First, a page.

“If you want strong senior management, you have to recruit them from elsewhere, because there aren’t enough people with the depth of experience here,” says Morrison. Layer 7 had to recruit one vice president from Atlanta and another from the Bay Area. Luckily, senior managers can be persuaded to make the two- hour plane commute from the US. But being in close proximity to Seattle and California means most of the young talent created by Vancouver’s three universities heads the other way.

They may be missing a trick though. The advantage that Canadian startups have is they aren’t in an over saturated market. Their rivals in Silicon Valley are a bit like wannabe actors in Hollywood. Every waiter and taxi driver in California seems to have a dotcom startup deal, or so they’d have you believe. It’s hard to draw attention to yourself in these circumstances.

“They are innumerable and all vying for a finite amount of media and investor attention,” argues Cameron Chell CEO of Business Instincts.

Investors in Canada’s tech talent could profit from channeling the energy of startups, by inviting them to solve their own challenges. Software giant SAP is a case in point, with its Startup Focus programme that invites new companies to pitch their business ideas to industry experts, peers and SAP venture capitalists. The programme has a very tight focus – the innovation must be designed to make use of SAP’s HANA technology, but it’s probably all the more effective for that. Many inventors suffer from a lack of focus and an uncertain commercial outcome, but being instructed to find new ways to exploit HANA’s capacity for massive, high-speed processing of terabytes of data can only help to concentrate the minds of Canada’s inventors.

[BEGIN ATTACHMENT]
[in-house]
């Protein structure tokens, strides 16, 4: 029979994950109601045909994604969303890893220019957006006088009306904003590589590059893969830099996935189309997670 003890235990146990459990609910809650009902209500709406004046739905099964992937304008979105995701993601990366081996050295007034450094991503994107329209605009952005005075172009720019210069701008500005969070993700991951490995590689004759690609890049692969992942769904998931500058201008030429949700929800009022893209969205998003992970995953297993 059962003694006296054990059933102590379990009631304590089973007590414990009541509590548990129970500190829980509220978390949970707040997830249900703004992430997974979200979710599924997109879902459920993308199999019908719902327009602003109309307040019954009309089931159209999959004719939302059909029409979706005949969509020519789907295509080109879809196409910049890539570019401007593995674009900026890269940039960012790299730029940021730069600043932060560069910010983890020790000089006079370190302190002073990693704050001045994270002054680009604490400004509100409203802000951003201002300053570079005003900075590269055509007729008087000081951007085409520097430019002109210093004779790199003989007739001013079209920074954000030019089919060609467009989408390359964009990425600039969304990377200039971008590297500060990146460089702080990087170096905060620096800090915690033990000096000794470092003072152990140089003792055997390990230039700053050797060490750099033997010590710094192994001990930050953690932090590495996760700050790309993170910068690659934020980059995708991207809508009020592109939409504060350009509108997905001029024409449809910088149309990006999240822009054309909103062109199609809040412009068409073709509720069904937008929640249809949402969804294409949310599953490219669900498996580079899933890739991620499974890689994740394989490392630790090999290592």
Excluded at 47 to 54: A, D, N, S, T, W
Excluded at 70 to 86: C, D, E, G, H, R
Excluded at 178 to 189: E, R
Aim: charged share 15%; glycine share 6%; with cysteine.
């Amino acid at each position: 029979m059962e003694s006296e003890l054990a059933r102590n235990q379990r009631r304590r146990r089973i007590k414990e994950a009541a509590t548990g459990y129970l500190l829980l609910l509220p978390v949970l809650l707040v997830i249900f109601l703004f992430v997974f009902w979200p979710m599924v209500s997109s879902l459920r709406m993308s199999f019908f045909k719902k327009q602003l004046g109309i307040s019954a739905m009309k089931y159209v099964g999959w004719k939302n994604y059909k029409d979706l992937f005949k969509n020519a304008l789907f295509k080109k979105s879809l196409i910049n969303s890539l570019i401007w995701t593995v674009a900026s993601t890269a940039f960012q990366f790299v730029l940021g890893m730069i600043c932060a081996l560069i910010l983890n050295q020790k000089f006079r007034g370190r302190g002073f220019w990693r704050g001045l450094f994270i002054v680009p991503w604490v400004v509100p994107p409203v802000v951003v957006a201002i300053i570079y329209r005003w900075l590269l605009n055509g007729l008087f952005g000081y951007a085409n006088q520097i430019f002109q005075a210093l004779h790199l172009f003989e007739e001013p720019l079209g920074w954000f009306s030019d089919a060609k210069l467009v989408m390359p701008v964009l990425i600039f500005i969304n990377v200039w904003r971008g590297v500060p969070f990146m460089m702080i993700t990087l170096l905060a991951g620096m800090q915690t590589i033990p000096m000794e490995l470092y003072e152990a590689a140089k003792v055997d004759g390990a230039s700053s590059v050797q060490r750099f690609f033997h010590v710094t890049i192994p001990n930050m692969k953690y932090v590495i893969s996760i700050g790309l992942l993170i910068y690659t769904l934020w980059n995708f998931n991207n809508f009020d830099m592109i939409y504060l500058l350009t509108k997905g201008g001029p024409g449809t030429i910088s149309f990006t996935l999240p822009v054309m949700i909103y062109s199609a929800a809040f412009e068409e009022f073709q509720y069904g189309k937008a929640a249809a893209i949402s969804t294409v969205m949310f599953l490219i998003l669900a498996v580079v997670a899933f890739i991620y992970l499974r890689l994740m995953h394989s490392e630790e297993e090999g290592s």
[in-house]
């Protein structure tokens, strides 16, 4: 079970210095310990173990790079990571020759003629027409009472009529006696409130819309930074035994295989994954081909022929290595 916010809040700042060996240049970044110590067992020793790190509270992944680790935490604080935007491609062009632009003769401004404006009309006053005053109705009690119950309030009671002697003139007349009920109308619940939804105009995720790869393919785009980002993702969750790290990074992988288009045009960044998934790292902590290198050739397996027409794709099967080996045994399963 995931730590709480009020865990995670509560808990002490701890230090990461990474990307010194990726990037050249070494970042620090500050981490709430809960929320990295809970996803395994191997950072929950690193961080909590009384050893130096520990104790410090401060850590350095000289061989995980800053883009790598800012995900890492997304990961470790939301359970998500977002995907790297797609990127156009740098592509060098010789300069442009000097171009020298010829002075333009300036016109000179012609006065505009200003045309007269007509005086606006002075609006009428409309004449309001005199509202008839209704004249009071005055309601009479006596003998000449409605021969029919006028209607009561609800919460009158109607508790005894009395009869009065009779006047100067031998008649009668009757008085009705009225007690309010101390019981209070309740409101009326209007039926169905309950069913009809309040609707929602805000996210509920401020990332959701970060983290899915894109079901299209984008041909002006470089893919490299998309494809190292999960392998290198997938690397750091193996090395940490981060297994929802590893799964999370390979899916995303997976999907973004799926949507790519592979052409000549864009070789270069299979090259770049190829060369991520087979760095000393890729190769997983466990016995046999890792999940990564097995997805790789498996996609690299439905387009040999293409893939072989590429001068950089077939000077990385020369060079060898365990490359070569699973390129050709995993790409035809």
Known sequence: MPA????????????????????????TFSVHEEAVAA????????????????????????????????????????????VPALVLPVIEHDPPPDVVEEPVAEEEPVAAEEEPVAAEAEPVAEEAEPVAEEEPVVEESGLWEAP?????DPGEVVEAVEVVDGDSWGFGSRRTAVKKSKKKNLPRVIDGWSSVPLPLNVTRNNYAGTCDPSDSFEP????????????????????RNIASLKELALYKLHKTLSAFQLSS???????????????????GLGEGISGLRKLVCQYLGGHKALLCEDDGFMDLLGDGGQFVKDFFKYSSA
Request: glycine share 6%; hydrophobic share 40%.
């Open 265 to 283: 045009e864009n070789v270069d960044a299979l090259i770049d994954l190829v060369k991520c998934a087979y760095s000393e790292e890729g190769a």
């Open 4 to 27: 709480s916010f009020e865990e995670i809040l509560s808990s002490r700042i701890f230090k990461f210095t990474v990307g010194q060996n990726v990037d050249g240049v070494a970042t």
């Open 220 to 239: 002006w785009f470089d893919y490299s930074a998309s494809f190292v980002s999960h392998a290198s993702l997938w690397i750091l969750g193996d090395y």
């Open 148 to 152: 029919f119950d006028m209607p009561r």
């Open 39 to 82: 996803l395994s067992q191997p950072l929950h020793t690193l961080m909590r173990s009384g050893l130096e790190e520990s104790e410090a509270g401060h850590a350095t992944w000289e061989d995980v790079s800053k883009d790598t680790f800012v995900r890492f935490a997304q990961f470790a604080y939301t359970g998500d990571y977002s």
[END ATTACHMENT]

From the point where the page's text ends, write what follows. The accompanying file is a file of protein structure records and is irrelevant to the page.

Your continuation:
HANA’s ability to crunch Big Data in-memory reduced a three-day data processing task to 20 minutes, for Germany’s Charité cancer hospital. That means cancer patients can be matched to the right treatment in a fraction of the time it previously took to assemble and analyse petabytes of the world’s historical information about DNA sequencing, clinical trials, patient profiles and every other piece of cancer-related information known to mankind.

The challenge for SAP’s nursery of inventors is to use that processing power in other useful ways. There are plenty of cash-rich, time-poor industries – oil, gas, pharmaceuticals – with vast seams on untapped potential that needs to be discovered in their googols of data. SAP’s Canadian innovators certainly have their work cut out for them.

The beauty of being involved with a giant like SAP is that it whisks you through all the difficult stages that defeat many technically skilled startups, according to Kirsten Sutton, MD of SAP Labs in Canada.

“Once we have taken a startup through a boot camp, we offer mentoring and development,” says Sutton. The marketing muscle and guidance that a company like SAP can provide is worth many times more than the unfocused stimulation that comes from an orthodox VC injection, Sutton argues.

Sometimes, the most liberating experience for a creative mind is a very tight brief. In which case, who knows, the discipline of having limited venture capital could be the greatest ally to Canadian innovation yet.


Nick Booth worked in IT in the UK’s National Health Service, financial services and The Met Police, witnessing at first hand the disruptive effects of new technology.


« Has Apple Blown It in Asia?


Mauritius: The IT Island Paradise »
Nick Booth

Nick Booth worked in IT in the UK’s National Health Service, financial services and The Met Police, witnessing at first hand the disruptive effects of new technology. As a journalist and analyst, his mission is to stop history repeating itself.

  • Mail


Do you think your smartphone is making you a workaholic?